The electric shock device 100 also includes an external ground 114. The external ground 114 is any suitably mechanism or device that allows the electric shock device 100 to be in contact with a ground (e.g., floor) surface and thereby ground the electric shock device 100, a non-limiting example of which includes an electrically conductive material (e.g., metal) that is electrically connected with the voltage multiple 108. In one aspect, the external ground 114 is an “L-shaped” piece of copper that can be fitted to the sole of a user's shoe (depicted again in FIG. 3). In another aspect, the external ground 114 can be a heel grounder. A heel grounder is generally a strap that is worn outside of the user's shoe that includes a conductive/rubber material that is capable of grounding the charge. In this aspect, an electrically conductive wire would be attached from the heel grounder to the main unit (i.e., the electric shock device 100 and applicable components). Additionally, in another aspect, positioned somewhere along the heel ground (e.g., on the back or on the side of the heel grounder) can be a regular button, which could be used to replace the magnetic reed switch and can turn on the electric shock device 100 when the user taps it with the opposite foot.

Also included is a secondary on/off switch 116. The secondary on/off switch 116 allows a user to selectively and secretly activate the electric shock device 100. In other words, while performing a trick or otherwise operating the electric shock device 100, it may be desirable to allow the user to turn on the electric shock device 100 while not alerting an audience. Thus, in order to for the electric shock device 100 to work, both the primary on/off switch 110 AND the secondary on/off switch 116 must be activated (i.e., on position). The secondary on/off switch 116 is any suitable mechanism or device that is capable of allowing a user to selectively turn on and off the electric shock device 100, a non-limiting example of which includes a magnetic reed switch. Other non-limiting examples of the secondary on/off switch 116 include a toe-switch, a heel switch, and a remote control transmitter and corresponding receiver (housed in the housing 102) which can be selectively controlled by the user or by an assistant. The toe-switch is a switch that attaches with the user's toe and can be activated by using the toe to depress a button on the toe-switch. Alternatively, with a remote control transmitter 113, the electric shock device 100 would include a receiver 115 that allows a user to remotely activate the secondary on/off switch 110. It should be understood that the electric shock device 100 does not require a remote control transmitter 113 and receiver 115 to operate and provide the shock effect, but that this is an optional and/or alternative aspect.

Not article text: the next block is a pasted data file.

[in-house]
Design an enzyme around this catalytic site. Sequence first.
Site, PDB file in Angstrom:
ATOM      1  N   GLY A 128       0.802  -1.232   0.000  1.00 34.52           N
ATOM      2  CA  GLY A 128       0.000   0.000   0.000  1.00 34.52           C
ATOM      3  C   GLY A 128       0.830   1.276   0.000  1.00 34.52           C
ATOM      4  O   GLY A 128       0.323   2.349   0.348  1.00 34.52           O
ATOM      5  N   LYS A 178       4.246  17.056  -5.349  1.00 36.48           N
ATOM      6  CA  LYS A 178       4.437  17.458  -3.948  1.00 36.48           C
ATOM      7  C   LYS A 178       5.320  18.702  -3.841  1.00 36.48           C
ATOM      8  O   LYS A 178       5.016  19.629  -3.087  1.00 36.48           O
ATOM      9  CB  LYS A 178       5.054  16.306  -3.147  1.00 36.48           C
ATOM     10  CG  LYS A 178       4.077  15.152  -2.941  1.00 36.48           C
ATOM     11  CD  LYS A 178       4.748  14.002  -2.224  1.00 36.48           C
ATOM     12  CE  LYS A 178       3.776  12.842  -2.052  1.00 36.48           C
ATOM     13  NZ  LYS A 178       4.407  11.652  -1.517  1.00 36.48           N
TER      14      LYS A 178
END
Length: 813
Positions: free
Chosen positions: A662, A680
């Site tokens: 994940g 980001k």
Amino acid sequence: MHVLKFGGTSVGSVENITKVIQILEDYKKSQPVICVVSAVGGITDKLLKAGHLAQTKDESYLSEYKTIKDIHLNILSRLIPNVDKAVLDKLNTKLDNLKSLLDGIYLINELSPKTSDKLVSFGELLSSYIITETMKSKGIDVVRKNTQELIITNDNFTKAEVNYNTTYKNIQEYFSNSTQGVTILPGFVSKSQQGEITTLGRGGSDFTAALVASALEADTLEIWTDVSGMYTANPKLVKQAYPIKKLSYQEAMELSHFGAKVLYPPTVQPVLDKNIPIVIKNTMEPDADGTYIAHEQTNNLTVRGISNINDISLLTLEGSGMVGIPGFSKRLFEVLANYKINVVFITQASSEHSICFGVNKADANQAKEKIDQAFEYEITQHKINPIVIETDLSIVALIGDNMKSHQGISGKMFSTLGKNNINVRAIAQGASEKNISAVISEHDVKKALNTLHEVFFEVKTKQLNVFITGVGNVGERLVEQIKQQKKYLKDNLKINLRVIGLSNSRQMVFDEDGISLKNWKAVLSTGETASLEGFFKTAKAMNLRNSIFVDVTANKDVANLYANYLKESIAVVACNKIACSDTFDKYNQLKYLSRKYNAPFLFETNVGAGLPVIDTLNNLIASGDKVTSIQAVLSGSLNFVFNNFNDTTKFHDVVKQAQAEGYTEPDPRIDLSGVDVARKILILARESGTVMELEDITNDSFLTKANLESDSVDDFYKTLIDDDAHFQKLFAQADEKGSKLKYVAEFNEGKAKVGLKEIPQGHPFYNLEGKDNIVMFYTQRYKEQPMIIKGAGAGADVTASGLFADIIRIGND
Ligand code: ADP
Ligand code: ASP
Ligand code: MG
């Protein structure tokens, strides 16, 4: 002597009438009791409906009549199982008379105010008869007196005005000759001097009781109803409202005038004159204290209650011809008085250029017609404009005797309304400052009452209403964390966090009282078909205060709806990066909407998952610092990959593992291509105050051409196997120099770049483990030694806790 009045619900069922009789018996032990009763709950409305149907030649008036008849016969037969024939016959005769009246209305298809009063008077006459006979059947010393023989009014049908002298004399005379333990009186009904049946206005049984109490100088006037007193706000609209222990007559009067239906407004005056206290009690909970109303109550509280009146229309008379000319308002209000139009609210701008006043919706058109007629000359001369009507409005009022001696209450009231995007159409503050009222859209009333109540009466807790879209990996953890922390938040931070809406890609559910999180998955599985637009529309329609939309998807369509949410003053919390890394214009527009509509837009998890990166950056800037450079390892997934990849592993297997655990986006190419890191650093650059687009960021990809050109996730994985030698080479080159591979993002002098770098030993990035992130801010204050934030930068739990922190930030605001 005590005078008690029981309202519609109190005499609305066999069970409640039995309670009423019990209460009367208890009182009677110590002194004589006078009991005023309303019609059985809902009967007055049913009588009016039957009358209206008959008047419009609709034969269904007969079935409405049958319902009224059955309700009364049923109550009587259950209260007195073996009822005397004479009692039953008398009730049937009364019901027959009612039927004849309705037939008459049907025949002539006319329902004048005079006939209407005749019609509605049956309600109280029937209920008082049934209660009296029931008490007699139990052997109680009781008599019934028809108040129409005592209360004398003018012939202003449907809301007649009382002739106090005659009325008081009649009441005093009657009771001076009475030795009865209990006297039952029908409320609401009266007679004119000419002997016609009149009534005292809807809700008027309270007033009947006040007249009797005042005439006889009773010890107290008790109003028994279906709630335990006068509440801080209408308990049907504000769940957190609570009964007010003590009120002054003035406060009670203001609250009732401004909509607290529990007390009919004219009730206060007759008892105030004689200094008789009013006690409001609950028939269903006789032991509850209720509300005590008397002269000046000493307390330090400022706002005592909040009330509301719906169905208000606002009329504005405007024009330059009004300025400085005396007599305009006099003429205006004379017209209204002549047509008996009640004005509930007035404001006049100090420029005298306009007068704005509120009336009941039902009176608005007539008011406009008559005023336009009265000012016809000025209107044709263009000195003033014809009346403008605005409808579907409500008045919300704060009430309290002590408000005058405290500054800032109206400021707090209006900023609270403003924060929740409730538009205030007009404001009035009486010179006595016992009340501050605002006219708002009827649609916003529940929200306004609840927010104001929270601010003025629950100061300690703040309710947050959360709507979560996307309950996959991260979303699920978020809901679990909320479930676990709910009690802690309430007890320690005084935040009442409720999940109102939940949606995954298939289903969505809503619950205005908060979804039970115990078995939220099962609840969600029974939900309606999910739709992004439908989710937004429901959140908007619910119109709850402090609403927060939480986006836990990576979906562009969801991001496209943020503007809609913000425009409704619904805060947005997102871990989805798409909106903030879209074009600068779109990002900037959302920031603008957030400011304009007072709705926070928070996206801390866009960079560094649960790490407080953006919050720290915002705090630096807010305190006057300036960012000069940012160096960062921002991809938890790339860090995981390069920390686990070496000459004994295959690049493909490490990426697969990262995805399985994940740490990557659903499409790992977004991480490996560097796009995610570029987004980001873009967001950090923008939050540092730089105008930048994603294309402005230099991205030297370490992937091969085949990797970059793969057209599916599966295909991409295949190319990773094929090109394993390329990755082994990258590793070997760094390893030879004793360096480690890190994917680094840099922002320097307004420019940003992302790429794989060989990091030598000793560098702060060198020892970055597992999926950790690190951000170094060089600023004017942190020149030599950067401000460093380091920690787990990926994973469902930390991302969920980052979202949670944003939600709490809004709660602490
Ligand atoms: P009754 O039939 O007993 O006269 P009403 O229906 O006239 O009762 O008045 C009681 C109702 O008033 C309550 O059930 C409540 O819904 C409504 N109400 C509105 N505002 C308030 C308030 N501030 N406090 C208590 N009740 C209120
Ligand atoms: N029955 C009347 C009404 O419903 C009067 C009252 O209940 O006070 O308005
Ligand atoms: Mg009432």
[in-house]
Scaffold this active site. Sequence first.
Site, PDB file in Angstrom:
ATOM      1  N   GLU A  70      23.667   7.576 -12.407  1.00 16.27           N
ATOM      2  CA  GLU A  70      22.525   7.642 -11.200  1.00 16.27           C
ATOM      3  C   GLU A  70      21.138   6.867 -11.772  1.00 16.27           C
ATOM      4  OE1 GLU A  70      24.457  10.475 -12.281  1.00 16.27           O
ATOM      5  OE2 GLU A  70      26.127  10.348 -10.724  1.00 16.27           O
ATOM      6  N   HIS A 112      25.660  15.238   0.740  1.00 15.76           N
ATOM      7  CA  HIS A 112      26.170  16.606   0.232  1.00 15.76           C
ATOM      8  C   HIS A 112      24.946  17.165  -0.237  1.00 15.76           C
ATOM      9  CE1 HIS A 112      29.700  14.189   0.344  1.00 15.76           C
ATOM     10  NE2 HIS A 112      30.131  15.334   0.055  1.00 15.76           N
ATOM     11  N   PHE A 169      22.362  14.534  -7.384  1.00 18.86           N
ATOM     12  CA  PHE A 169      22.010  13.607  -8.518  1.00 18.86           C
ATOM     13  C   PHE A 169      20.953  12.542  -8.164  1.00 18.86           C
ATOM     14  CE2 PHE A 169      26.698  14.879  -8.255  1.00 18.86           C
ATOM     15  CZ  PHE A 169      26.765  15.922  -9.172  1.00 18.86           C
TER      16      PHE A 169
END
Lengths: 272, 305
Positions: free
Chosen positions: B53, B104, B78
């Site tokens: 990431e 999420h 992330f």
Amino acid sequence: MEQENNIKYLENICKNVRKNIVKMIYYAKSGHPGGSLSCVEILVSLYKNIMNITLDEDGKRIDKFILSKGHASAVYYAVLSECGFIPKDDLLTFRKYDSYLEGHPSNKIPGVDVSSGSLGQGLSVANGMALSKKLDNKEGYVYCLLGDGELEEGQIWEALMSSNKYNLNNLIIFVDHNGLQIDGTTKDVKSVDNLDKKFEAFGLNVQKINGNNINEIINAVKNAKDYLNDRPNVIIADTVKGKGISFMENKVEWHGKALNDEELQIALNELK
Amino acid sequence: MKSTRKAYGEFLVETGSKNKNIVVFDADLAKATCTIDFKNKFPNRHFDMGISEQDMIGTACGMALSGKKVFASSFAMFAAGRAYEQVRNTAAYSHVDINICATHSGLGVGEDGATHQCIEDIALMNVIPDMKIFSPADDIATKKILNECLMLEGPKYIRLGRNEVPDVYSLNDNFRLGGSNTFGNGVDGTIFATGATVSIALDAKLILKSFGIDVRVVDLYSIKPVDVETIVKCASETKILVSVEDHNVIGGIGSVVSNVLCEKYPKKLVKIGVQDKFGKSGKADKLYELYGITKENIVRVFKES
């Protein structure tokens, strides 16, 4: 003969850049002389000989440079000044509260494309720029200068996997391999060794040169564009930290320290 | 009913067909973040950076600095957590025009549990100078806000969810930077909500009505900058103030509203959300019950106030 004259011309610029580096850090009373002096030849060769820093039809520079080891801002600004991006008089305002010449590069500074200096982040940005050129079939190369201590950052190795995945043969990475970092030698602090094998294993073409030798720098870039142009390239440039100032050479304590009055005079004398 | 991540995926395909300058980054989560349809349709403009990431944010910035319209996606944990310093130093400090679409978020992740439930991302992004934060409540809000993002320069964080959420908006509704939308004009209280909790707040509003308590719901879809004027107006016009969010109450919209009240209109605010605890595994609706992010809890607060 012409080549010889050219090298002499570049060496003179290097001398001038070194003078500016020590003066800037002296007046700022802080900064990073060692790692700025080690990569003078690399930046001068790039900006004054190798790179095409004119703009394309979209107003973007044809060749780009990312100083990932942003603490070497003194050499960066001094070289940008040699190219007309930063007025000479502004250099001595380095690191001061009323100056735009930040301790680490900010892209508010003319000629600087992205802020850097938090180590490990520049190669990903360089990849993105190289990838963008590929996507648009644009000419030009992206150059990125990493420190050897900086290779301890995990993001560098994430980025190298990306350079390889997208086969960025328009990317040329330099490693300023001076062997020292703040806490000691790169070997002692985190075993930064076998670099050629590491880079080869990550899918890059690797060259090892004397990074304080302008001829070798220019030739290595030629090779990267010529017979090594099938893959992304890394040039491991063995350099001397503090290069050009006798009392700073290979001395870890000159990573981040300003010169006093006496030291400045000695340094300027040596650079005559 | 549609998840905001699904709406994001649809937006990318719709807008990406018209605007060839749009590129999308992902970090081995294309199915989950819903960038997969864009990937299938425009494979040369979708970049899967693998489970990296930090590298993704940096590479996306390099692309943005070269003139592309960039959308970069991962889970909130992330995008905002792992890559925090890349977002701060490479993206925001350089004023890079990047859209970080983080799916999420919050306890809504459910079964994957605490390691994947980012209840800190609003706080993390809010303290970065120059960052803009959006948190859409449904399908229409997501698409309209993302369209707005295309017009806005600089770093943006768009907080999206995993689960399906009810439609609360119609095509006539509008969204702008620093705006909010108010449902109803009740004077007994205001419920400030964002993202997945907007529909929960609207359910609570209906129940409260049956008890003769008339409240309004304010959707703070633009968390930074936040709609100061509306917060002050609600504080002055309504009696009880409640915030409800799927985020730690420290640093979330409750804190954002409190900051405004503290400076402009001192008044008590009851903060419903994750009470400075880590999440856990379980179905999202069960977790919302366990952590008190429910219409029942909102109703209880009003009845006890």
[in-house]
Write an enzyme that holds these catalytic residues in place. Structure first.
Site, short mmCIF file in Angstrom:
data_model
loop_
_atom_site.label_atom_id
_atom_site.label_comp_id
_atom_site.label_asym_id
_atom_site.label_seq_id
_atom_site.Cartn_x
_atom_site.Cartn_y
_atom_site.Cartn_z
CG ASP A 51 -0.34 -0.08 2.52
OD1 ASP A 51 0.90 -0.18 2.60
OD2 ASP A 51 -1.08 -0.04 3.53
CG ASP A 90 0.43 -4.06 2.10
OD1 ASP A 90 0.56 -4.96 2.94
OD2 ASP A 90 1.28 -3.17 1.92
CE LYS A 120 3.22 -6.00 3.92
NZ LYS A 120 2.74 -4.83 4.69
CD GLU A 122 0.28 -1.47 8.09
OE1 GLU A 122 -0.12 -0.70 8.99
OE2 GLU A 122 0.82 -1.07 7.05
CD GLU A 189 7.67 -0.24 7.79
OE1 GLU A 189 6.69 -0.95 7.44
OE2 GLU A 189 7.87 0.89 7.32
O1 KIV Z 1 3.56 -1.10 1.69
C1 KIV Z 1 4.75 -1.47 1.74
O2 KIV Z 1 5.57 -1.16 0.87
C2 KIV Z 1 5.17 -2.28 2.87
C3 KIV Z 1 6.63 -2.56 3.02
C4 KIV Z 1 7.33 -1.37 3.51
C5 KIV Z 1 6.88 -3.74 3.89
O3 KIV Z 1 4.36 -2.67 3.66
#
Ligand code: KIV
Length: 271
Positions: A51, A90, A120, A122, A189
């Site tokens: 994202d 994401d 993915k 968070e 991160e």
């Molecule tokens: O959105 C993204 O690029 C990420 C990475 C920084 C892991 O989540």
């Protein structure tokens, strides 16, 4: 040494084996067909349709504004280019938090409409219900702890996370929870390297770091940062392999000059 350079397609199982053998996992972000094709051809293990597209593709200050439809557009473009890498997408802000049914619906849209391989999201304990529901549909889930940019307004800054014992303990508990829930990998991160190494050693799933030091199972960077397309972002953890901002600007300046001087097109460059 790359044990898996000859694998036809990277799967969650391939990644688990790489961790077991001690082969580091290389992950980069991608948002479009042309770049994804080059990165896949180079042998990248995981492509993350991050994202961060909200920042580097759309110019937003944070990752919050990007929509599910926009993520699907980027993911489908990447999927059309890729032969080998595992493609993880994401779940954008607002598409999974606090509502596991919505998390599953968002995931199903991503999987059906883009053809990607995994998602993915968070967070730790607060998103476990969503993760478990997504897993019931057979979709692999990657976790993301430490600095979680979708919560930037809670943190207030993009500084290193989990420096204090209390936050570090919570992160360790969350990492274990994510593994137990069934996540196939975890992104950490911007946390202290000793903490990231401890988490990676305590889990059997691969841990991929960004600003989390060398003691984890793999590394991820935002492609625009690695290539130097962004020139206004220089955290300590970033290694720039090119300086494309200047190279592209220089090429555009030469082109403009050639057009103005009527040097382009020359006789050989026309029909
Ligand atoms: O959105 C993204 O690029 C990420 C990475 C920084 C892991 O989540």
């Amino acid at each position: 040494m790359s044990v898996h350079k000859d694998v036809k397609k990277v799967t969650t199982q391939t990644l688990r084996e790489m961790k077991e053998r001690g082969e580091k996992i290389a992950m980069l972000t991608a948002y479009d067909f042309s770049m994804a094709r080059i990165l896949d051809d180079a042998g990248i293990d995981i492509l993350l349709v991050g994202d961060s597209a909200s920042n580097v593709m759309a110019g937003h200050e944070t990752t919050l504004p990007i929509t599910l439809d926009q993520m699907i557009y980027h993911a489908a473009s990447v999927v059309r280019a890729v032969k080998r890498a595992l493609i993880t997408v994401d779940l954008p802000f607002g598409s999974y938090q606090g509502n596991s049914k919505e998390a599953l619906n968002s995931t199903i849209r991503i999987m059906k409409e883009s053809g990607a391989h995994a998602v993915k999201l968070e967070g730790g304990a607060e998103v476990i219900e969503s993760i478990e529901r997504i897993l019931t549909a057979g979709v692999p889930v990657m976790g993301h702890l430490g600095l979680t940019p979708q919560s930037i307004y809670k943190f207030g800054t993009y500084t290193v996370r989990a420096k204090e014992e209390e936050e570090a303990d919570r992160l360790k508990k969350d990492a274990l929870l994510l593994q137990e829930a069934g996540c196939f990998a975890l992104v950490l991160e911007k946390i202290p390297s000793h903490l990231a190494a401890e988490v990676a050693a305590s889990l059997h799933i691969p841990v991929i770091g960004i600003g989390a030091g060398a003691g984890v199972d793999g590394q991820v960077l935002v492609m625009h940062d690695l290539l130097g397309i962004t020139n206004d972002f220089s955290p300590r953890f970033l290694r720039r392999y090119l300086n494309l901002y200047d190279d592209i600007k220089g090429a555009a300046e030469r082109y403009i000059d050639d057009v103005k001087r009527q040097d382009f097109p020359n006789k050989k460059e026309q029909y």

It should also be noted that the wires connecting the external ground 114 and/or the secondary on/off switch 116 are connected with the housing 102 (and thereby the requisite components) directly or through the use of a removable connector 119. The removable connector 119 operates as a plug that allows the user to selectively attached the external components (e.g., external ground 114 and/or secondary on/off switch 116) with the electric shock device 100.